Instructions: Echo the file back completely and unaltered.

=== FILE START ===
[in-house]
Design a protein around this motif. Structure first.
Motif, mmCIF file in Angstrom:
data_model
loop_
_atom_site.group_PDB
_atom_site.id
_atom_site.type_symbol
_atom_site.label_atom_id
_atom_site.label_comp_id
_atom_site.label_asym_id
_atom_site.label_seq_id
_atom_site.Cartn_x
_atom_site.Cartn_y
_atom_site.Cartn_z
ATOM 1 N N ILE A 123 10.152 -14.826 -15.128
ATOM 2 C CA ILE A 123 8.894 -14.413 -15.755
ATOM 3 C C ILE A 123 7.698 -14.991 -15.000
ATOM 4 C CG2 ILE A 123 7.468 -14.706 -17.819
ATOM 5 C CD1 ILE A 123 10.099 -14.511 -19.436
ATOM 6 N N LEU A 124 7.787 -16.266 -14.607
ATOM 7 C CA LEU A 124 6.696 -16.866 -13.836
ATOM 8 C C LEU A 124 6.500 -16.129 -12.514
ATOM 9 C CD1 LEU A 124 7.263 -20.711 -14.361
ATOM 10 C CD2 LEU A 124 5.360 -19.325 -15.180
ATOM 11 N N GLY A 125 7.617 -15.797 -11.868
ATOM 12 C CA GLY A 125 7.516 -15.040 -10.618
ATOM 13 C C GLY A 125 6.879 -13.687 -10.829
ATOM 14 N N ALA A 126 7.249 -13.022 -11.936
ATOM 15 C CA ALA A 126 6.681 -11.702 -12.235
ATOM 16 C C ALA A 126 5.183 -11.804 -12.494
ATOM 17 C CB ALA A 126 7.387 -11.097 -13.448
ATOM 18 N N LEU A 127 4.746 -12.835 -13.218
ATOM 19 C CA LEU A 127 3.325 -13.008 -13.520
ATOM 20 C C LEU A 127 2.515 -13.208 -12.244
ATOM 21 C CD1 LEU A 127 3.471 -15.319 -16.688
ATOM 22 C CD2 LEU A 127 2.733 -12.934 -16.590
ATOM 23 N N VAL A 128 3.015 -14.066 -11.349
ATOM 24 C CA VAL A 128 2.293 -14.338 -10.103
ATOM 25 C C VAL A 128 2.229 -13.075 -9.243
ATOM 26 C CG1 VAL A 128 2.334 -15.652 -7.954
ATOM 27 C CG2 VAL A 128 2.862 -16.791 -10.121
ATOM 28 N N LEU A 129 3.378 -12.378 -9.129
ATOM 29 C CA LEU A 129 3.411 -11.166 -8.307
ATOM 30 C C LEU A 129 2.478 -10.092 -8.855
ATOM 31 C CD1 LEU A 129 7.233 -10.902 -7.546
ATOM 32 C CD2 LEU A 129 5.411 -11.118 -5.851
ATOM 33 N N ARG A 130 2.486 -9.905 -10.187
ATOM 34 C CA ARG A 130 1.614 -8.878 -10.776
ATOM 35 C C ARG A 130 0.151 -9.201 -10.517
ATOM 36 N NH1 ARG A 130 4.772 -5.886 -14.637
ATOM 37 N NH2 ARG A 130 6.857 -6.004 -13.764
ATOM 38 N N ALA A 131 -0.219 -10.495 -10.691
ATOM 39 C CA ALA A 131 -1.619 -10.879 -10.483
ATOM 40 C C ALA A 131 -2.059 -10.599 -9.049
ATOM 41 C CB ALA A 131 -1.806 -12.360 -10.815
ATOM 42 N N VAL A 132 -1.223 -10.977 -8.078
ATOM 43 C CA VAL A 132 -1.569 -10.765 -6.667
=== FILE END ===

[in-house]
Design a protein around this motif. Structure first.
Motif, mmCIF file in Angstrom:
data_model
loop_
_atom_site.group_PDB
_atom_site.id
_atom_site.type_symbol
_atom_site.label_atom_id
_atom_site.label_comp_id
_atom_site.label_asym_id
_atom_site.label_seq_id
_atom_site.Cartn_x
_atom_site.Cartn_y
_atom_site.Cartn_z
ATOM 1 N N ILE A 123 10.152 -14.826 -15.128
ATOM 2 C CA ILE A 123 8.894 -14.413 -15.755
ATOM 3 C C ILE A 123 7.698 -14.991 -15.000
ATOM 4 C CG2 ILE A 123 7.468 -14.706 -17.819
ATOM 5 C CD1 ILE A 123 10.099 -14.511 -19.436
ATOM 6 N N LEU A 124 7.787 -16.266 -14.607
ATOM 7 C CA LEU A 124 6.696 -16.866 -13.836
ATOM 8 C C LEU A 124 6.500 -16.129 -12.514
ATOM 9 C CD1 LEU A 124 7.263 -20.711 -14.361
ATOM 10 C CD2 LEU A 124 5.360 -19.325 -15.180
ATOM 11 N N GLY A 125 7.617 -15.797 -11.868
ATOM 12 C CA GLY A 125 7.516 -15.040 -10.618
ATOM 13 C C GLY A 125 6.879 -13.687 -10.829
ATOM 14 N N ALA A 126 7.249 -13.022 -11.936
ATOM 15 C CA ALA A 126 6.681 -11.702 -12.235
ATOM 16 C C ALA A 126 5.183 -11.804 -12.494
ATOM 17 C CB ALA A 126 7.387 -11.097 -13.448
ATOM 18 N N LEU A 127 4.746 -12.835 -13.218
ATOM 19 C CA LEU A 127 3.325 -13.008 -13.520
ATOM 20 C C LEU A 127 2.515 -13.208 -12.244
ATOM 21 C CD1 LEU A 127 3.471 -15.319 -16.688
ATOM 22 C CD2 LEU A 127 2.733 -12.934 -16.590
ATOM 23 N N VAL A 128 3.015 -14.066 -11.349
ATOM 24 C CA VAL A 128 2.293 -14.338 -10.103
ATOM 25 C C VAL A 128 2.229 -13.075 -9.243
ATOM 26 C CG1 VAL A 128 2.334 -15.652 -7.954
ATOM 27 C CG2 VAL A 128 2.862 -16.791 -10.121
ATOM 28 N N LEU A 129 3.378 -12.378 -9.129
ATOM 29 C CA LEU A 129 3.411 -11.166 -8.307
ATOM 30 C C LEU A 129 2.478 -10.092 -8.855
ATOM 31 C CD1 LEU A 129 7.233 -10.902 -7.546
ATOM 32 C CD2 LEU A 129 5.411 -11.118 -5.851
ATOM 33 N N ARG A 130 2.486 -9.905 -10.187
ATOM 34 C CA ARG A 130 1.614 -8.878 -10.776
ATOM 35 C C ARG A 130 0.151 -9.201 -10.517
ATOM 36 N NH1 ARG A 130 4.772 -5.886 -14.637
ATOM 37 N NH2 ARG A 130 6.857 -6.004 -13.764
ATOM 38 N N ALA A 131 -0.219 -10.495 -10.691
ATOM 39 C CA ALA A 131 -1.619 -10.879 -10.483
ATOM 40 C C ALA A 131 -2.059 -10.599 -9.049
ATOM 41 C CB ALA A 131 -1.806 -12.360 -10.815
ATOM 42 N N VAL A 132 -1.223 -10.977 -8.078
ATOM 43 C CA VAL A 132 -1.569 -10.765 -6.667